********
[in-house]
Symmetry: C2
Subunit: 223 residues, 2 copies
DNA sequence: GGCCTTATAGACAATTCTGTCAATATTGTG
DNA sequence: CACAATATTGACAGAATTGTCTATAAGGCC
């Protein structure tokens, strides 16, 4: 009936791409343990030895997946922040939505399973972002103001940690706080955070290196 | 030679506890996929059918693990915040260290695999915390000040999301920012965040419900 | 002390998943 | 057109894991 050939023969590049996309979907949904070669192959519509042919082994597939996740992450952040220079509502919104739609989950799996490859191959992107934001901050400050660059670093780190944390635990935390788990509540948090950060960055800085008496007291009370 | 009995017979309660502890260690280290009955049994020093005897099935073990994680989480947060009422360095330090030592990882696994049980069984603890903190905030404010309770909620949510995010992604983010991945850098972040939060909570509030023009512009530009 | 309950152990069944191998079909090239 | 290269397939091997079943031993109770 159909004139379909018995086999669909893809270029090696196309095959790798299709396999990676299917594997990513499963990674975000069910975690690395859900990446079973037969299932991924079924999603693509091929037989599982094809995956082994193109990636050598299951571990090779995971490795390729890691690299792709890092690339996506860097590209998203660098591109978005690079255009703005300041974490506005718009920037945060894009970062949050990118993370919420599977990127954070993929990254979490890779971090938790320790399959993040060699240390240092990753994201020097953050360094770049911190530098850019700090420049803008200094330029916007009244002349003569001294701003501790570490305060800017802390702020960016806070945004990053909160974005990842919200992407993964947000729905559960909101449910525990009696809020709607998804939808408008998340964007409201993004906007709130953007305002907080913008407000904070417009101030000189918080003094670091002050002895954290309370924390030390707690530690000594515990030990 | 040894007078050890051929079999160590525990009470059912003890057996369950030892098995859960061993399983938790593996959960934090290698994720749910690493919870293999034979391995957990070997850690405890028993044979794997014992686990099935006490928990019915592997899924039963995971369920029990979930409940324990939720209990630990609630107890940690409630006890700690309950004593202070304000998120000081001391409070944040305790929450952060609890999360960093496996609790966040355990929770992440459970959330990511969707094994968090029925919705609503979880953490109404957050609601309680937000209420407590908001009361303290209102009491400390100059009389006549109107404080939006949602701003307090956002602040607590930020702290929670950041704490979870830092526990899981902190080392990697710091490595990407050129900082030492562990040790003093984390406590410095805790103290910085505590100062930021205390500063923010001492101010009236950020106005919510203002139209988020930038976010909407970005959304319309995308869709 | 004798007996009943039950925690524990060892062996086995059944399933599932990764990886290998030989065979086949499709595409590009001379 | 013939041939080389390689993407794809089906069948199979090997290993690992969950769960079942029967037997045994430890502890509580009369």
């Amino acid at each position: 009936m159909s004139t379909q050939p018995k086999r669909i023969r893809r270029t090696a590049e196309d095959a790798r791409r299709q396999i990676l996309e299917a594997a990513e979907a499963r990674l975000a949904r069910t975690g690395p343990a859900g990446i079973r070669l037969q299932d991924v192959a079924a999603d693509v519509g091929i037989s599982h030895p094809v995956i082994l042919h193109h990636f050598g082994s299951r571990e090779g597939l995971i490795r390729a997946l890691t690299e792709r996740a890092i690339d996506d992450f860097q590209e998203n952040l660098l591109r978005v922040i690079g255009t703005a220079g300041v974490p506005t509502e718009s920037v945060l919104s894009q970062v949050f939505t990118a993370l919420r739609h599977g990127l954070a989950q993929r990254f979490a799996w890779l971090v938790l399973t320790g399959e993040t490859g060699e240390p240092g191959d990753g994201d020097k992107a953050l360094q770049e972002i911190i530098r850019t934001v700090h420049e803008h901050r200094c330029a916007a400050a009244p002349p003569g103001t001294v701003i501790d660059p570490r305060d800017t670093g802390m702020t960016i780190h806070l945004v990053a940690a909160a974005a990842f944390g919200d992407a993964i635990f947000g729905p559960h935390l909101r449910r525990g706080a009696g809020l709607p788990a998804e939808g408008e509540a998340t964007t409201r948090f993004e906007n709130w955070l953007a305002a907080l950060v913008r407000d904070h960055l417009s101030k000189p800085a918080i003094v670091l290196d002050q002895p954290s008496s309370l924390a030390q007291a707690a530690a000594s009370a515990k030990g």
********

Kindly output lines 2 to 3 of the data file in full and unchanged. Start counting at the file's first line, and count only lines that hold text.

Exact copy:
Symmetry: C2
Subunit: 223 residues, 2 copies